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Ryan Carey
Senate Finance Committee Details Credit Suisse’s Role in an Ongoing, Potentially Criminal Tax Conspiracy Involving $100 Million in Undeclared Offshore Accounts
In Response to Pressure from Committee Investigators, Credit Suisse Identifies 23 Additional Large, Undeclared Accounts Belonging to Ultra-Wealthy Americans each with Assets over $20 Million
Washington, D.C. – Senate Finance Committee Chairman Ron Wyden (D-Ore.) today released the findings of a two-year investigation into Swiss bank Credit Suisse’s compliance with its 2014 plea agreement with the U.S. Department of Justice (DOJ) for enabling tax evasion by thousands of wealthy U.S. individuals. The committee’s investigation uncovered major violations of that plea agreement, including a previously unknown, ongoing and potentially criminal conspiracy involving the failure to disclose nearly $100 million in secret offshore accounts belonging to a single family of American taxpayers. The investigation also shed new light on the extent to which Credit Suisse bankers aided and abetted offshore tax evasion by U.S. businessman Dan Horsky, who pleaded guilty in 2016 to one of the largest criminal tax evasion cases in American history. 
The committee also requested information from Credit Suisse on any other large, undeclared accounts belonging to ultra-wealthy U.S. citizens with more than $20 million held at the bank. By the time of the investigation’s conclusion, Credit Suisse disclosed to the committee that it had identified 23 such accounts, with more reviews underway. Based on the committee’s findings, the total amount concealed in violation of Credit Suisse’s 2014 plea agreement is more than $700 million. 
“At the center of this investigation are greedy Swiss bankers and catnapping government regulators, and the result appears to be a massive, ongoing conspiracy to help ultra-wealthy U.S. citizens to evade taxes and rip off their fellow Americans,” Senator Wyden said. “Credit Suisse got a discount on the penalty it faced in 2014 for enabling tax evasion because bank executives swore up and down they’d get out of the business of defrauding the United States. This investigation shows Credit Suisse did not make good on that promise, and the bank’s pending acquisition does not wipe the slate clean. Officials at the Department of Justice have said they intend to crack down on corporate offenders, particularly repeat offenders like Credit Suisse, and I expect them to follow through on that commitment. In addition to a significant penalty for the bank, the individual bankers involved in these schemes must also face criminal investigation. It simply makes no sense to allow the bankers who have their hands on these hidden accounts and enable tax evasion to get away scot free. Finally, the cases detailed in this investigation are textbook examples of why Democrats gave the IRS new funding for enforcement. Republican budget cuts have decimated the IRS’s ability to root out this kind of offshore tax evasion scheme, but Democrats are committed to stepping up enforcement against wealthy tax cheats.”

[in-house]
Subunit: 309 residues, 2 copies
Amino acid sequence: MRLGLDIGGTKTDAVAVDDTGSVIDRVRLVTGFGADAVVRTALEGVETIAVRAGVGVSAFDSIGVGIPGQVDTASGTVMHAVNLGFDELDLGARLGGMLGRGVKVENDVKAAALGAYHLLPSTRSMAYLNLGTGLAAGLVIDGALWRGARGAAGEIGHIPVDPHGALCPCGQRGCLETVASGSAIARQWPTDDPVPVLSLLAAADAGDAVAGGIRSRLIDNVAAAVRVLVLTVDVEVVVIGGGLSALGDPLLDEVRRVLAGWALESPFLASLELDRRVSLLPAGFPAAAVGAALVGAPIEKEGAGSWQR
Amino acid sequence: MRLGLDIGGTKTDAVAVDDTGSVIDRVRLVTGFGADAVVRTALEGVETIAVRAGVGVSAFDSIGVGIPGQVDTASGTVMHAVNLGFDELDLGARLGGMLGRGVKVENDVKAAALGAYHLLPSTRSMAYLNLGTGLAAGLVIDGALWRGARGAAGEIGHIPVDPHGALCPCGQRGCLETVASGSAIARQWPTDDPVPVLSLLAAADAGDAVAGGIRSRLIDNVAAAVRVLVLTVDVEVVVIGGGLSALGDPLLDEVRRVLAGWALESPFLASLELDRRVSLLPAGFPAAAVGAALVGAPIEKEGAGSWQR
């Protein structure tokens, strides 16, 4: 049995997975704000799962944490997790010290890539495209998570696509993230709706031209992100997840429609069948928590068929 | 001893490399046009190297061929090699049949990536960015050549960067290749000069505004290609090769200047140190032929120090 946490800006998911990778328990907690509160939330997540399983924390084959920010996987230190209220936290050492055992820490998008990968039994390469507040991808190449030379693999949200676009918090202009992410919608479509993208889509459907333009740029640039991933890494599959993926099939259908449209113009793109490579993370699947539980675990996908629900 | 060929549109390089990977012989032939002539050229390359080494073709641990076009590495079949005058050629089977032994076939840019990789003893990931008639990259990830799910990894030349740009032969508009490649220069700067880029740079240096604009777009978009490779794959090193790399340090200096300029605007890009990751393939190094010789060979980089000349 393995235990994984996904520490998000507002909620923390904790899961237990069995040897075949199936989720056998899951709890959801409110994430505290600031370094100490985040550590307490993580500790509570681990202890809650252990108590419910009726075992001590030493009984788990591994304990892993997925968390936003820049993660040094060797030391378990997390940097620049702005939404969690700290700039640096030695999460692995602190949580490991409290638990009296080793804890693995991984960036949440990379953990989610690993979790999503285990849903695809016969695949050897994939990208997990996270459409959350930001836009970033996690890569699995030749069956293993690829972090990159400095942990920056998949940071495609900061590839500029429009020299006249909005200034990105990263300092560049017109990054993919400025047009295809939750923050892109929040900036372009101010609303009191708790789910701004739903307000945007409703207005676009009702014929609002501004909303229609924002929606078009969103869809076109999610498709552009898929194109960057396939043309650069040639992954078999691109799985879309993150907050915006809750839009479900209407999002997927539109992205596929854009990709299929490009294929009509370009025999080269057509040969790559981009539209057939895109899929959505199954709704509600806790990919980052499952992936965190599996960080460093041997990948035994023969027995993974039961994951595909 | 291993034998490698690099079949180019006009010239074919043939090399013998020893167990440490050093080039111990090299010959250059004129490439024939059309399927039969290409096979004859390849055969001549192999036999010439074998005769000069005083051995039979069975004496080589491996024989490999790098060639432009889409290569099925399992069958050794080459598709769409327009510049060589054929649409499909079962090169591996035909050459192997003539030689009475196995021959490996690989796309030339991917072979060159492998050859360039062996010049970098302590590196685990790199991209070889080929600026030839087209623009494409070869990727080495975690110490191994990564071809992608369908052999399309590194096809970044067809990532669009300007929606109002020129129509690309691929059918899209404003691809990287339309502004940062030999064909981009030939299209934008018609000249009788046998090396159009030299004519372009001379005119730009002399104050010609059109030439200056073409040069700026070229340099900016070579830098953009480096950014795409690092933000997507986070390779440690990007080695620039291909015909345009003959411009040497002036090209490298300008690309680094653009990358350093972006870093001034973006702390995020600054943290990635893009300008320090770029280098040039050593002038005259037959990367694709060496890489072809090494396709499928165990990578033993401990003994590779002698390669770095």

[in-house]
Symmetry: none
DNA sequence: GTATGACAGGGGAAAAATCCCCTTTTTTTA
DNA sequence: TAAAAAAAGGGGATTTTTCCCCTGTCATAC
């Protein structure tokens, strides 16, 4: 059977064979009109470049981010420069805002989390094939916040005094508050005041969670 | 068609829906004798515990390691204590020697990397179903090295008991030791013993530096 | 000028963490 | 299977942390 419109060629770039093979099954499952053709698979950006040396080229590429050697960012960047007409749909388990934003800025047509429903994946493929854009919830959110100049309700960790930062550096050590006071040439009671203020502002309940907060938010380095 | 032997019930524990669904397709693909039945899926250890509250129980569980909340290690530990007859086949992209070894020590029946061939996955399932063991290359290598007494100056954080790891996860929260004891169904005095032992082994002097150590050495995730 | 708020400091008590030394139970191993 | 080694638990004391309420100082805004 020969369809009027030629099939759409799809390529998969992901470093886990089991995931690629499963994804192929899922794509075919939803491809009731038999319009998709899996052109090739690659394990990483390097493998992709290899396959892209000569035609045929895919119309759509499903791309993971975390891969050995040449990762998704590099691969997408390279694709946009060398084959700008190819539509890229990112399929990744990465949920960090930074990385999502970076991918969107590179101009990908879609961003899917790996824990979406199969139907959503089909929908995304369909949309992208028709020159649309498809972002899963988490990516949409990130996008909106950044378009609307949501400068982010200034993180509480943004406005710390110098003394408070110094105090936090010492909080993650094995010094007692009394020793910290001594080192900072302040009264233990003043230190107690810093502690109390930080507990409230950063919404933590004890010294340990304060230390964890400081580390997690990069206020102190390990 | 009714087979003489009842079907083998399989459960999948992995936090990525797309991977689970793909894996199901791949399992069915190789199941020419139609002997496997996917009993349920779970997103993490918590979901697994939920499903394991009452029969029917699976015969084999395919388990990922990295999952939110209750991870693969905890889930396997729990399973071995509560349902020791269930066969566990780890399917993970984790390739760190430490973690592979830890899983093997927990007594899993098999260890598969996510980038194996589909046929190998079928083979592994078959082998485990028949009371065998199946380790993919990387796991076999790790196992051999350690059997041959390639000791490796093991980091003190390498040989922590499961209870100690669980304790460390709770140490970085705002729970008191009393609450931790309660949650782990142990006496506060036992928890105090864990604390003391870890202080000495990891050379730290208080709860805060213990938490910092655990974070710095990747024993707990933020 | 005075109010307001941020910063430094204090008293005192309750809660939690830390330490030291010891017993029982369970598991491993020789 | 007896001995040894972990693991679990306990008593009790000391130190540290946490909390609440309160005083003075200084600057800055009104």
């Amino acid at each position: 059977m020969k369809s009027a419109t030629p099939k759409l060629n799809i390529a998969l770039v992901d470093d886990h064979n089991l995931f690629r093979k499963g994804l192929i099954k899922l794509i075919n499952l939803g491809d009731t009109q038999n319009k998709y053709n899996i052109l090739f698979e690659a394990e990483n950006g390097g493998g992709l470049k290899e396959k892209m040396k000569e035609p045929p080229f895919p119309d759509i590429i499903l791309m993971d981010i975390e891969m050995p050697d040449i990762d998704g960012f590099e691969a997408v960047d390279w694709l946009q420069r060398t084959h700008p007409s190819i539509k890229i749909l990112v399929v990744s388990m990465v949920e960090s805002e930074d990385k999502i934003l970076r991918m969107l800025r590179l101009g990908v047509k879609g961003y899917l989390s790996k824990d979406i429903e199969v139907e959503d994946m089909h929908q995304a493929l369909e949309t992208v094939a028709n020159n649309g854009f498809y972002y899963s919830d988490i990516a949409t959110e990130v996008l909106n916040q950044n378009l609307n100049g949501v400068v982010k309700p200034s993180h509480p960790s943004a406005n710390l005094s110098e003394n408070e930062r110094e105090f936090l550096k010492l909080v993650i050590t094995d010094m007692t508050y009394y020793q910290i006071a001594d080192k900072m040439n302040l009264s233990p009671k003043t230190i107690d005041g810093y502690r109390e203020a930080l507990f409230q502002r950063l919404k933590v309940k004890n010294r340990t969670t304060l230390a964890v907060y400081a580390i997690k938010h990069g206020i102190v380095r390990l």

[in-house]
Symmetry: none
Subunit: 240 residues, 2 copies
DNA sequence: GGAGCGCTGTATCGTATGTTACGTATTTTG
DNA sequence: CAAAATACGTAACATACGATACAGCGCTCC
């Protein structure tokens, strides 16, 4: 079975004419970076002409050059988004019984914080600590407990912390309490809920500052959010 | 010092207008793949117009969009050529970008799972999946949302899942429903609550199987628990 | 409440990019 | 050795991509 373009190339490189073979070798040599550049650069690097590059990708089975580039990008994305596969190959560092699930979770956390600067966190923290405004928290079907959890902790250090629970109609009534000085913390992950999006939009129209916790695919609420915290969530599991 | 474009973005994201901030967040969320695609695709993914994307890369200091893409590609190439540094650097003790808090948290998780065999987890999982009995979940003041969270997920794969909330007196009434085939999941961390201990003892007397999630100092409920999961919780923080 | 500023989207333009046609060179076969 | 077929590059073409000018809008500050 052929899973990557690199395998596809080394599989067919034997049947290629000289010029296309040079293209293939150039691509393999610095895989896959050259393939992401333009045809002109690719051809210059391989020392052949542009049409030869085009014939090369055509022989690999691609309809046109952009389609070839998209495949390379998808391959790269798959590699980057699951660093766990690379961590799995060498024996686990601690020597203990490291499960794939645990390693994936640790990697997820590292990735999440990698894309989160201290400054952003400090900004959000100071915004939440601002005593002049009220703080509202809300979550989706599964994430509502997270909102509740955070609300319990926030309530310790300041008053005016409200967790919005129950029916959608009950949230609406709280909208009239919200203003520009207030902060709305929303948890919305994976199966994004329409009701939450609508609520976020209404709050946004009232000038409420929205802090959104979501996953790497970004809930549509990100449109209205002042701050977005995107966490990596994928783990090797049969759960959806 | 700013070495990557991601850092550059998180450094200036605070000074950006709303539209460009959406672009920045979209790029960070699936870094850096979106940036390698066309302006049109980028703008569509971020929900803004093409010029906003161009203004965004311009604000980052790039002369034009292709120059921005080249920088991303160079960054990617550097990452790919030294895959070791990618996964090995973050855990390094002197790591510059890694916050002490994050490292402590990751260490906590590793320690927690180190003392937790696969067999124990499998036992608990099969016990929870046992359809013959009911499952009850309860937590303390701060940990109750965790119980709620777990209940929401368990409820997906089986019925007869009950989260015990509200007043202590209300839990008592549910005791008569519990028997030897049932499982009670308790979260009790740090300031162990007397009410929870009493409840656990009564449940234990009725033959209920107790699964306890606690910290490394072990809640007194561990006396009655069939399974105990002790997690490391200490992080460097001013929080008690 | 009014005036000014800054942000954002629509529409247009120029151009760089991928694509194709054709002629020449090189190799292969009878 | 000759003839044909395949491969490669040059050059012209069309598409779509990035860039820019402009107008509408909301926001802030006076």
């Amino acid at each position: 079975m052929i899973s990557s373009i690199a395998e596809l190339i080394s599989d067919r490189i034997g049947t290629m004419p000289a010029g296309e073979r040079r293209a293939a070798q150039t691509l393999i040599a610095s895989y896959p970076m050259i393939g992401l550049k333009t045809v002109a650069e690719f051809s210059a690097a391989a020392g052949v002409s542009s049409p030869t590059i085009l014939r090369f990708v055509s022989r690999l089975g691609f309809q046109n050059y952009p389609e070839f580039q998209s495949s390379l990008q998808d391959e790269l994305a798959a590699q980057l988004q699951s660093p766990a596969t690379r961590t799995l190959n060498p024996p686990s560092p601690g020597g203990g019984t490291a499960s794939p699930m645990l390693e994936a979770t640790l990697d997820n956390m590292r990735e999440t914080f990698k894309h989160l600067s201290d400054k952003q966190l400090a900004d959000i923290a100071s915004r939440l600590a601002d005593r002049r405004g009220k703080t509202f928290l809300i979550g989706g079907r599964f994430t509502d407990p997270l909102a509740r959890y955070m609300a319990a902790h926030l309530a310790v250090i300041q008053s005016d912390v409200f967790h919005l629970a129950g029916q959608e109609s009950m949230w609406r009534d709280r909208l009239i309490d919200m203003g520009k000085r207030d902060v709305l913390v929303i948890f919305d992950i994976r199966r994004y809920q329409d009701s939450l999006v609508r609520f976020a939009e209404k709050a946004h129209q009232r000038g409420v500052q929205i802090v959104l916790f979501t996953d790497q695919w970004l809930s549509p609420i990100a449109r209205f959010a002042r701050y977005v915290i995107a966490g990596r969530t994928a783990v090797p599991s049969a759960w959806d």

More detailed findings from the committee’s investigation include:
The full report on the committee’s investigation is available here


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